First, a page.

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Taking Care of Your Teeth While You are Sick

Taking Care of Your Mouth When You are Sick

Practice Good Oral Hygiene

According to the CDC, the flu virus can live on moist surfaces for 72 hours. The number one rule is not to share your toothbrush anytime, but especially when you are sick.

You don't necessarily need to replace your toothbrush after you’ve been sick. Unless your immune system is severely compromised, the chances of reinfecting yourself are very low. If you’re still in doubt, throw the toothbrush out especially if you’ve had your toothbrush for 3-4 months.

Choose Sugar-Free Cough Drops

Read the label before you pick up a bag at the drug store with an eye to avoid ingredients like fructose or corn syrup. Many cough drops contain sugar, and it is like sucking on candy. Sugar is a culprit when it comes to cavities. The longer you keep a sugary cough drop in your mouth, the more time cavity-causing bacteria has to feast on that sugar, which produces the acid that can leave holes in your teeth.

Swish and Spit After Vomiting

One unfortunate side effect of a stomach flu, among other illnesses, is vomiting. You might be tempted to brush your teeth right away, but it’s actually better to wait. When you vomit, stomach acids are coming in contact with your teeth and coating them. If you brush too soon, you’re just rubbing that acid all over the hard outer shell of your teeth.”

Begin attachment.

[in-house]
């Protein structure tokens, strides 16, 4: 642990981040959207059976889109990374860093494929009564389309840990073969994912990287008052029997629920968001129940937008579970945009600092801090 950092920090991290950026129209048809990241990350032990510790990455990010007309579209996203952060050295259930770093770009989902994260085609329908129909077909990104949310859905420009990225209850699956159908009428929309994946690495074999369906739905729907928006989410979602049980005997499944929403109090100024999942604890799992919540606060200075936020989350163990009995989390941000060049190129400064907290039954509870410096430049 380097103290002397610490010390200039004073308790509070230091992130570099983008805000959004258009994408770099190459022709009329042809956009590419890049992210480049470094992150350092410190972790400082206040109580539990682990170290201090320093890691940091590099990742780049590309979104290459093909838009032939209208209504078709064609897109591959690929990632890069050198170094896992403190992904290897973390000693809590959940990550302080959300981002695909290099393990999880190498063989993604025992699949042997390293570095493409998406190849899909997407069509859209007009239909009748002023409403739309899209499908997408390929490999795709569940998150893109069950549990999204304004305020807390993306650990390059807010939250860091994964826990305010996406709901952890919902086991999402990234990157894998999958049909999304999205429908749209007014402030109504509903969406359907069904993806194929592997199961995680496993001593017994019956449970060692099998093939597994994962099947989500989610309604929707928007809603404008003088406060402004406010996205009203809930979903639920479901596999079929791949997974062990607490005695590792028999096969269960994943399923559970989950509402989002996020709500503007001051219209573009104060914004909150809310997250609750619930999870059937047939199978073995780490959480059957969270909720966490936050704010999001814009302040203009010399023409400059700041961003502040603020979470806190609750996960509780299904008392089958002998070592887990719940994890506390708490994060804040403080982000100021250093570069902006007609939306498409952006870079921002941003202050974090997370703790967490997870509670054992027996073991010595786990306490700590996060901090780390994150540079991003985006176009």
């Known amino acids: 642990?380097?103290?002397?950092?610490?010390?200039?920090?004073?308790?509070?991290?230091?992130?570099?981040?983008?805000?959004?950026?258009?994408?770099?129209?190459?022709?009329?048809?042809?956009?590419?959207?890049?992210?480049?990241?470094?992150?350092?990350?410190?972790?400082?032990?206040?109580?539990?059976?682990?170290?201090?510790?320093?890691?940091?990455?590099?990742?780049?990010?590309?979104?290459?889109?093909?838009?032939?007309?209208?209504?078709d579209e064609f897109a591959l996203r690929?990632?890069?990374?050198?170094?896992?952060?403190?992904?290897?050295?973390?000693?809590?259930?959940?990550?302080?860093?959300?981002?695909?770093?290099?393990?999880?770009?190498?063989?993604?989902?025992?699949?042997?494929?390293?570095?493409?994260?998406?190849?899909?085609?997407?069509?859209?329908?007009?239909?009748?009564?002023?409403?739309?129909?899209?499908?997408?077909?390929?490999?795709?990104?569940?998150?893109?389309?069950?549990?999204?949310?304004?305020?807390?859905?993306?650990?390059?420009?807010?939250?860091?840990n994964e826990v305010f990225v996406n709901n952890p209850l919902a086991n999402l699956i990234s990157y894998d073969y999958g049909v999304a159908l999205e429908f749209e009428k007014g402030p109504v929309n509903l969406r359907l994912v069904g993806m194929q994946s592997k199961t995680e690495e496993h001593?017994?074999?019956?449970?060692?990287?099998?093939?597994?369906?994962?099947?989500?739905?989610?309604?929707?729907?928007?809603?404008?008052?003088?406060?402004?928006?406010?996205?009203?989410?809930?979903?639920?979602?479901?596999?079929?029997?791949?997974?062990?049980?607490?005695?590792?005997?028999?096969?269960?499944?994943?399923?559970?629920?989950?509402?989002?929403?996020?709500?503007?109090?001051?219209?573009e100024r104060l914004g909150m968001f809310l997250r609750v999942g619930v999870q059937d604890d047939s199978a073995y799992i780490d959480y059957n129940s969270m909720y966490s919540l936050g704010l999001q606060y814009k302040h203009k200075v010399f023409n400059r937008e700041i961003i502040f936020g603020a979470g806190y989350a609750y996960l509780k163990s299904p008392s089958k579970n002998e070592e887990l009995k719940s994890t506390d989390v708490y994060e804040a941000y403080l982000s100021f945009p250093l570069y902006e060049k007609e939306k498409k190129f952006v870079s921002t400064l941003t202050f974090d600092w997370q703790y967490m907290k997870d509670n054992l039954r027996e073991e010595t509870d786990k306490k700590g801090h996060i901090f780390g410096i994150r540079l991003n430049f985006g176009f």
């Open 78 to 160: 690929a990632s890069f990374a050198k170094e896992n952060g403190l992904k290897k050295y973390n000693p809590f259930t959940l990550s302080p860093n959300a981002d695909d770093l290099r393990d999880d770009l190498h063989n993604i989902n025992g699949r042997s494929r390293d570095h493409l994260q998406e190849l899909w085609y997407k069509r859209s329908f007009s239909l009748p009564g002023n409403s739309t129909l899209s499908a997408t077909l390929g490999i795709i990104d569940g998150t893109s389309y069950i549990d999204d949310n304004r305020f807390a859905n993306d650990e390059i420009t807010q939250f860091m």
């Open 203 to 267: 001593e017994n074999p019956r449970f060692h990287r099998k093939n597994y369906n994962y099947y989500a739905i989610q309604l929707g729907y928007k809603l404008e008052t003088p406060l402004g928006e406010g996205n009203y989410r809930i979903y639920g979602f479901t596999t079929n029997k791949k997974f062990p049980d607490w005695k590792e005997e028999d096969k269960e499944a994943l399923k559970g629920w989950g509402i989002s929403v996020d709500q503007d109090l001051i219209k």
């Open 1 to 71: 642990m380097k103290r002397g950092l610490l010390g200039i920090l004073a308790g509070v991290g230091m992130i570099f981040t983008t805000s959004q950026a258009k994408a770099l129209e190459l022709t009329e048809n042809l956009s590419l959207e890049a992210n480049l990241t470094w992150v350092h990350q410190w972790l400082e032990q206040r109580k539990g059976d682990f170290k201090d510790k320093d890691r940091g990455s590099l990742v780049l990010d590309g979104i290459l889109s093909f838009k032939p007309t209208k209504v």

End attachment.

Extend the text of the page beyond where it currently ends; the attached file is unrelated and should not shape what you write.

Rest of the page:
Instead, swish with water, a diluted mouth rinse or a mixture of water and 1 tsp. baking soda to help wash the acid away. Spit, and brush about 30 minutes later.

Stay Hydrated to Avoid Dry Mouth

When you’re sick, you need plenty of fluids for many reasons. One is to prevent dry mouth which can put you at greater risk for cavities. The medications you might be taking for a cold or flu—such as antihistamines, decongestants or pain relievers—can also dry out your mouth, so drink plenty of water and suck on sugarless cough drops, throat lozenges or candies to keep that saliva flowing.

Choose the Right Fluids

When it comes to your mouth and your body, water is the best and safest beverage to drink. Sports drinks are recommended to replenish electrolytes when you are sick, but drink them in moderation because they contain a lot of sugar.

Also, avoid adding lemon or sugar to your cold or warm drinks. Sugar helps to fuel cavity-causing bacteria and lemon is acidic. 

Author
Danny Jeon

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